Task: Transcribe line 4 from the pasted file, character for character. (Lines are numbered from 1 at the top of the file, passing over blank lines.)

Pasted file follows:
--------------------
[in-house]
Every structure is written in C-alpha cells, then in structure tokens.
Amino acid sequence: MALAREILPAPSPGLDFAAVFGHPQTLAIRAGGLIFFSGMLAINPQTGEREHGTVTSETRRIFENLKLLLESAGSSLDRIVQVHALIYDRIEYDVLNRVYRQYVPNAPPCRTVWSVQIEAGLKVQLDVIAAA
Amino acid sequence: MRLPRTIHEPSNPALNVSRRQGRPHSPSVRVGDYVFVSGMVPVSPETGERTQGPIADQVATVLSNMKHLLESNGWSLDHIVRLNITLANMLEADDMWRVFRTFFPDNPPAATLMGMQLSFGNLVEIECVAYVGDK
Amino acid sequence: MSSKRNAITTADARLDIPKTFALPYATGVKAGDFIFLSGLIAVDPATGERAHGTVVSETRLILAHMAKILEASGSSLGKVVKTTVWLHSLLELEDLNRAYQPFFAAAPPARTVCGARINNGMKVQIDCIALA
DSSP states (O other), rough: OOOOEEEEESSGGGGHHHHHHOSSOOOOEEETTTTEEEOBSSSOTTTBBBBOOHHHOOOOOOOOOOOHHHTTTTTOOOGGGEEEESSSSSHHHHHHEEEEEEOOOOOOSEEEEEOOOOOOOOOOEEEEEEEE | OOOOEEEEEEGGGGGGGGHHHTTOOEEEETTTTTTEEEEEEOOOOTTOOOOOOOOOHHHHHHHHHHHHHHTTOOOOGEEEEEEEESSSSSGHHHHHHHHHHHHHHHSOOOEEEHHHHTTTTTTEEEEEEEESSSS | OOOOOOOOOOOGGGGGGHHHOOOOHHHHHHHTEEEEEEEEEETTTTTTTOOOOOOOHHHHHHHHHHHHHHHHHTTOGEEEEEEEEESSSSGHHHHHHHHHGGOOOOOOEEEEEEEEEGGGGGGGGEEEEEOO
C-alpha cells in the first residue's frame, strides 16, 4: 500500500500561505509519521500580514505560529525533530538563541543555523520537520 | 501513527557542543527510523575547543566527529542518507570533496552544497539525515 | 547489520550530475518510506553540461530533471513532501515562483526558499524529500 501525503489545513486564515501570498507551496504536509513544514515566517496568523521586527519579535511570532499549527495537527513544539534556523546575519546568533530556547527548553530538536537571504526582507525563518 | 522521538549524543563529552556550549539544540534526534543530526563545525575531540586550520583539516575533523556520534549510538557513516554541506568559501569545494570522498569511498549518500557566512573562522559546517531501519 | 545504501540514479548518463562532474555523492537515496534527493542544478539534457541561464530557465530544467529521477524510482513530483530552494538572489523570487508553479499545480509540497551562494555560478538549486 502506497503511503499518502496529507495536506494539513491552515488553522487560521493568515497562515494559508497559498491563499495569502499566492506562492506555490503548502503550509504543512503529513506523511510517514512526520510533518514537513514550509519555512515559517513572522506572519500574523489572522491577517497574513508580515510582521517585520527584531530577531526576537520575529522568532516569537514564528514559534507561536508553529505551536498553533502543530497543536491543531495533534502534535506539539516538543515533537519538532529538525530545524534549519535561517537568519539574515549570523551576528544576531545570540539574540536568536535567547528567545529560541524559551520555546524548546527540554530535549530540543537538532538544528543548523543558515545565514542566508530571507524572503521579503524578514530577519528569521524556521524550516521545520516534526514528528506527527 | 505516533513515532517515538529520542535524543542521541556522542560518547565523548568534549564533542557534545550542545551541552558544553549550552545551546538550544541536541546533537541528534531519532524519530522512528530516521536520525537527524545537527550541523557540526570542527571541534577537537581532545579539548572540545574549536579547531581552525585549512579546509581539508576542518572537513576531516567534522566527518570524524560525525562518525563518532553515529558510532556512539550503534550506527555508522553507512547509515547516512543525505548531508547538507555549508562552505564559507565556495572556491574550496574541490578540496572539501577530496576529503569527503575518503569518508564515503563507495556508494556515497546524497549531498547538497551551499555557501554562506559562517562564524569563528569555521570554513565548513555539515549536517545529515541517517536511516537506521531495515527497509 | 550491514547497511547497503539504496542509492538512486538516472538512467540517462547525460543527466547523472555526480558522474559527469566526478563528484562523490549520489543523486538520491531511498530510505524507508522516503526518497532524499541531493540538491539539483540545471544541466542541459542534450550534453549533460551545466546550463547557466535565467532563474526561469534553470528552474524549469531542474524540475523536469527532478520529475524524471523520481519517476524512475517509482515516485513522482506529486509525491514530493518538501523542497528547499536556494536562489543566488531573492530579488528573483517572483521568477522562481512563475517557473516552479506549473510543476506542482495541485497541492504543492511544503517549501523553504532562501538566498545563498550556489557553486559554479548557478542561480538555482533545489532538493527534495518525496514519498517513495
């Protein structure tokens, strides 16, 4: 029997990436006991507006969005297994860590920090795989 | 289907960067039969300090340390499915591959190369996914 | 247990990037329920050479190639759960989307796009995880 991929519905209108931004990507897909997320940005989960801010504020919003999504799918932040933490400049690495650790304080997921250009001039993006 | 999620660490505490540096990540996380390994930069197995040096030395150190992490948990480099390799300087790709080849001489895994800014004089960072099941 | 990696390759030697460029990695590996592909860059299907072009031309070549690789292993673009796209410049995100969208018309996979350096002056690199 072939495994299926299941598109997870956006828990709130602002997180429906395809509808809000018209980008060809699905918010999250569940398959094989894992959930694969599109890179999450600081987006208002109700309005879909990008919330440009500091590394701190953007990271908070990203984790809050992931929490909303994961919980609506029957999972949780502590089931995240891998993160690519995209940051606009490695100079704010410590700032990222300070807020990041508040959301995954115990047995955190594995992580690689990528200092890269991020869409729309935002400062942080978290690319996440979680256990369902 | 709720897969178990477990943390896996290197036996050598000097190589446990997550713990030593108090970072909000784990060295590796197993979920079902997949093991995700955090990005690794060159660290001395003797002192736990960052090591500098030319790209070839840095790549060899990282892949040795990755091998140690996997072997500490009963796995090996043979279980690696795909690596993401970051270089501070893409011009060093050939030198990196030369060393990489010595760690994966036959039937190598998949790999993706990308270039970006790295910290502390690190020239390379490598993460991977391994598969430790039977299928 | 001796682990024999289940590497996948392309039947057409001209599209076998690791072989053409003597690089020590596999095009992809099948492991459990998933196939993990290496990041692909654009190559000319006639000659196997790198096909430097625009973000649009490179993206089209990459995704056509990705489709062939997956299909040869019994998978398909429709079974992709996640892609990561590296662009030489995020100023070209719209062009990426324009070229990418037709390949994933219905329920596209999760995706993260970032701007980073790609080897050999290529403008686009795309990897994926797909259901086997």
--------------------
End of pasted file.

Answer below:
Amino acid sequence: MRLPRTIHEPSNPALNVSRRQGRPHSPSVRVGDYVFVSGMVPVSPETGERTQGPIADQVATVLSNMKHLLESNGWSLDHIVRLNITLANMLEADDMWRVFRTFFPDNPPAATLMGMQLSFGNLVEIECVAYVGDK